Inositol, vitamin B8

Inositol is water soluble and a member of the B complex group, and a lipotopic. It metabolizes fat and cholesterol. Inositol is an aid in redistribution of body fat. It combines with choline to form lecithin.

Inositol is often referred to as vitamin B8, but it is not actually a vitamin. It’s a type of sugar that influences the insulin response and several hormones associated with mood and cognition. Inositol also has antioxidant properties that fight the damaging effects of free radicals in the brain, circulatory system, and other body tissues.

D-chiro-inositol, inositol hexaphosphate (often referred to as “IP6”) and the compound myo-inositol are the most widely used inositol supplements. They are generally considered safe if taken appropriately.

Daily dietary value have not been established, but the average healthy adult gets approximately 1g a day. Like choline it has been found to be important in nourishing brain cells.

Function of Inositol

Helps lower cholesterol levels. Promotes healthy hair and is an aid in preventing hair loss and helps preventing eczema. Inositol can produce a calming effect.

Foods rich in inositol vitamin B8

Liver, brewer’s yeast, dried lima beans, beef brain and heart. Cantaloupe,grapefruit, raisins, wheat germ, unrefined molasses, peanuts, cabbage.
It is recommended to take inositol with choline and your other B vitamins. If you are a heavy coffee drinker you probably need supplemental inositol.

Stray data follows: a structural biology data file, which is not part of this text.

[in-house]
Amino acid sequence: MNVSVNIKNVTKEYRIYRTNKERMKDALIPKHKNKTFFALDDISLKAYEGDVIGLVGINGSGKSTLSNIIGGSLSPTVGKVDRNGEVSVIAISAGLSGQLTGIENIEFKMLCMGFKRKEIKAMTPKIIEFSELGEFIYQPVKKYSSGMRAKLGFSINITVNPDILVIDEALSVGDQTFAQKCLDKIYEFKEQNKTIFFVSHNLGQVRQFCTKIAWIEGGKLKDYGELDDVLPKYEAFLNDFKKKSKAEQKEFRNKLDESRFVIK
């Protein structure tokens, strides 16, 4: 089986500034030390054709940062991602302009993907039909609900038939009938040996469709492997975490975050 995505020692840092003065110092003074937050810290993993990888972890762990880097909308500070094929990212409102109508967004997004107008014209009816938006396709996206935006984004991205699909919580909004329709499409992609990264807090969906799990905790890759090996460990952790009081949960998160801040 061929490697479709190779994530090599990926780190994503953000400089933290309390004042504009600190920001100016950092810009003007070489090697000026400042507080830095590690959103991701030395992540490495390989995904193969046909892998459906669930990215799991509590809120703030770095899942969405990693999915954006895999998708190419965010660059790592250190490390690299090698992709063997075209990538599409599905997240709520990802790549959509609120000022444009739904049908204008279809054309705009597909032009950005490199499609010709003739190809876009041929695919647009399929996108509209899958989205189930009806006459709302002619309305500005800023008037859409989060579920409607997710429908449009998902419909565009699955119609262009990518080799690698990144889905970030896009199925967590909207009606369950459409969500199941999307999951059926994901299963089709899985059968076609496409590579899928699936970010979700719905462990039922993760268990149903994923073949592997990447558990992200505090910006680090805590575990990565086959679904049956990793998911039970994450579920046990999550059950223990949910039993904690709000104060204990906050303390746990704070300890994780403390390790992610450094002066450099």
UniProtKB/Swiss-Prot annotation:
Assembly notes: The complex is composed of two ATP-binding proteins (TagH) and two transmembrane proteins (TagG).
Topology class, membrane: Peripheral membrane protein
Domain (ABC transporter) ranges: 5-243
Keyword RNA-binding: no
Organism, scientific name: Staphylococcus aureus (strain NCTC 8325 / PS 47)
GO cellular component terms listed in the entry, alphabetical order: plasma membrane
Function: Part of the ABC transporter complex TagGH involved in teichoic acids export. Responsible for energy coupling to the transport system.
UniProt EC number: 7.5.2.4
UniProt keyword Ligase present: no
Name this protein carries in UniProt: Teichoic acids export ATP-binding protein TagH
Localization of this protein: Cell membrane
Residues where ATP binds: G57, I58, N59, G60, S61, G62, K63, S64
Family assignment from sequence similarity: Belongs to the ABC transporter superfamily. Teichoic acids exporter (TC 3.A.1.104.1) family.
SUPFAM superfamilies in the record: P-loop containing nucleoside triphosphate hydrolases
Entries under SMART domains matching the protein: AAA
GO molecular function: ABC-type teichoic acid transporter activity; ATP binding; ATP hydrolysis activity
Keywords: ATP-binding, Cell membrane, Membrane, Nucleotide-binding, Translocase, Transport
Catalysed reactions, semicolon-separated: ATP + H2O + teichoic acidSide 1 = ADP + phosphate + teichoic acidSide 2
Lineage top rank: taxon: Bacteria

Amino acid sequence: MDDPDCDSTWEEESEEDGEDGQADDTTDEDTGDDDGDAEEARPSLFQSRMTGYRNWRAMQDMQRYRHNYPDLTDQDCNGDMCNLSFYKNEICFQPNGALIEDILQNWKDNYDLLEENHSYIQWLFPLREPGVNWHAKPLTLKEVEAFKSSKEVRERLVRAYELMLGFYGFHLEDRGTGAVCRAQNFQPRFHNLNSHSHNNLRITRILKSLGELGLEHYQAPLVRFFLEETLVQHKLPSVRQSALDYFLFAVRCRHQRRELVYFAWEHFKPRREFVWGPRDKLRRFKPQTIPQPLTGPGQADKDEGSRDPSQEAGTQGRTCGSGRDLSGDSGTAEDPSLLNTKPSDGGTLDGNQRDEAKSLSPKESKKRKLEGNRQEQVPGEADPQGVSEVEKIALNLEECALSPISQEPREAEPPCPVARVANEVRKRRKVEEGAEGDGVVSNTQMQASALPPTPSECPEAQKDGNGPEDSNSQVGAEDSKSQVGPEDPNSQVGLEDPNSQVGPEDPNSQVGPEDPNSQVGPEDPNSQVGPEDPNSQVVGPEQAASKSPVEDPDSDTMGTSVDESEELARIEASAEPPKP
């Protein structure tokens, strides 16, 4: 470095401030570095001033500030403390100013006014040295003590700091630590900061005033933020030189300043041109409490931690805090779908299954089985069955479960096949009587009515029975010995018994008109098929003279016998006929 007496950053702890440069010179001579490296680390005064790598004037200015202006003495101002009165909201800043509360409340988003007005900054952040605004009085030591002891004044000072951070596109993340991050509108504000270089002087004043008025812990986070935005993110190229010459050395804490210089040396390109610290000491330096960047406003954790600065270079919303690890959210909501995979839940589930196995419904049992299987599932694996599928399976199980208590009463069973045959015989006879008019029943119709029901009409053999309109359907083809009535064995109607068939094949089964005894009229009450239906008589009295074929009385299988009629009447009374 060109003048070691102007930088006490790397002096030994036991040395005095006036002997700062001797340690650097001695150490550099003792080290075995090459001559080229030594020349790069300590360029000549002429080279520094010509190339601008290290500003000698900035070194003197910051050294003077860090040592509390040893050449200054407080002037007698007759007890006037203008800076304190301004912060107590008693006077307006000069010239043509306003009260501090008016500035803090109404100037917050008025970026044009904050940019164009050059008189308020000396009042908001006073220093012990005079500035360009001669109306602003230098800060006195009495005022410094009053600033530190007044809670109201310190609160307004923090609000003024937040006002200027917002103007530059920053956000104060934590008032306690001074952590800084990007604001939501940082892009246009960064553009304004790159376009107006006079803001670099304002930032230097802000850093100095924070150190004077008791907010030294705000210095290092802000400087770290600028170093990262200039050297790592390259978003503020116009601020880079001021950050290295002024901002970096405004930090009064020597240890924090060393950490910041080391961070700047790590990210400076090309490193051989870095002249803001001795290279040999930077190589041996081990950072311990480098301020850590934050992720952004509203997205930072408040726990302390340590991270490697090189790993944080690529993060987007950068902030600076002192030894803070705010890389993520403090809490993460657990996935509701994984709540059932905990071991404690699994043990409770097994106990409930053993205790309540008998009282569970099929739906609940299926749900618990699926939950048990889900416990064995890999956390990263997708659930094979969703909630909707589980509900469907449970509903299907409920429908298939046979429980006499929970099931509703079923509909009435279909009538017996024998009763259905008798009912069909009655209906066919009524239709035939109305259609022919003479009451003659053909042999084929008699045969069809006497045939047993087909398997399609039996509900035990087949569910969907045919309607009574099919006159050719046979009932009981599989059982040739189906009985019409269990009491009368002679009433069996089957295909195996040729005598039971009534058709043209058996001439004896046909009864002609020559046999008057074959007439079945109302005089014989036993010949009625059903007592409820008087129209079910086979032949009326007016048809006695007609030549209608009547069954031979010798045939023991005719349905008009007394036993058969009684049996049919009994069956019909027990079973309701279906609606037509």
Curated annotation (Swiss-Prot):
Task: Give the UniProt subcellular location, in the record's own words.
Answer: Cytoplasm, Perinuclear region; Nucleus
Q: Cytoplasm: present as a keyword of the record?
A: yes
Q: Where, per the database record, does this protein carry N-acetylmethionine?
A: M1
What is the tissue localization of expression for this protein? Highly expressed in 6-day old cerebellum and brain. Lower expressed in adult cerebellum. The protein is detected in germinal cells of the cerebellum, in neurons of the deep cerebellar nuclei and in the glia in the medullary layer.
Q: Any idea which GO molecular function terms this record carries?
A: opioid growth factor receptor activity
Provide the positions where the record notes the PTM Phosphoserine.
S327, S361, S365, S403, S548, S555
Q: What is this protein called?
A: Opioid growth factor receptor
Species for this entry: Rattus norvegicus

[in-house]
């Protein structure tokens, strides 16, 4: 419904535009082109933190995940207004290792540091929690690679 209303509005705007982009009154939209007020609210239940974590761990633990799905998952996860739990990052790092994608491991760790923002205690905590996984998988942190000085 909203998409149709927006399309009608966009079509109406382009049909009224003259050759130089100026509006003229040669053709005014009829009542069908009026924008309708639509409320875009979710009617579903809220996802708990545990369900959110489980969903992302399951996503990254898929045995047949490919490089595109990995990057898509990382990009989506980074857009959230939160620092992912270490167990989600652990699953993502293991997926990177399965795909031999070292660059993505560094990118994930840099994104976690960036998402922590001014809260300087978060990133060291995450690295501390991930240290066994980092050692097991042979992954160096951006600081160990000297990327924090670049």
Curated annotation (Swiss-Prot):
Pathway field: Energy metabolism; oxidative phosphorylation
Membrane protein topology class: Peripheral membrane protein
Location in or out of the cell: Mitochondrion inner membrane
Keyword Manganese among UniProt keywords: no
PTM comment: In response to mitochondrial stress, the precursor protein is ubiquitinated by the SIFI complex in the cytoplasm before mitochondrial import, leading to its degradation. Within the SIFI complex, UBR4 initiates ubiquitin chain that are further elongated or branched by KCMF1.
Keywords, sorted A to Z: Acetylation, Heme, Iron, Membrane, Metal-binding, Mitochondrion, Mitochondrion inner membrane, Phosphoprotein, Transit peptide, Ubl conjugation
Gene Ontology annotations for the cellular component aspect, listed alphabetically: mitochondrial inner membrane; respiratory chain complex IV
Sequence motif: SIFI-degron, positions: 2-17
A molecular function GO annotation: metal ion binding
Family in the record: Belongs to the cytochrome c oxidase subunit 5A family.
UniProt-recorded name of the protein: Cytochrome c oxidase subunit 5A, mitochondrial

If you take lecithin, it is advised to take supplement of chelated calcium to keep your phosphorus and calcium in balance, as choline and inositol seem to raise phosphorus levels. A good way to maximize the effectiveness of vitamin E is to take enough inositol and choline.
In supplements:
As with choline, 6 soy based lecithin capsules contain approximately 244 mg each of inositol and choline. Available in lecithin powders that mix well with liquid. Most B complex supplements contain approximately 100mg. of choline and inositol.

Signs of deficiency


Signs of excess

No known toxic effects.

Recommended daily dosage

Daily dietary value have not been established, but the average healthy adult gets approximately 1g a day. Daily doses most often used are 250-500mg.
Water, sulfa drugs, estrogen, food processing, alcohol and coffee are enemies of inositol.

To buy


Further reading

E Medicine health
Very well mind


  1. New Vitamin Bible Earl L. Mindell, Hachette Book Group, 2011
  2. Very well mind

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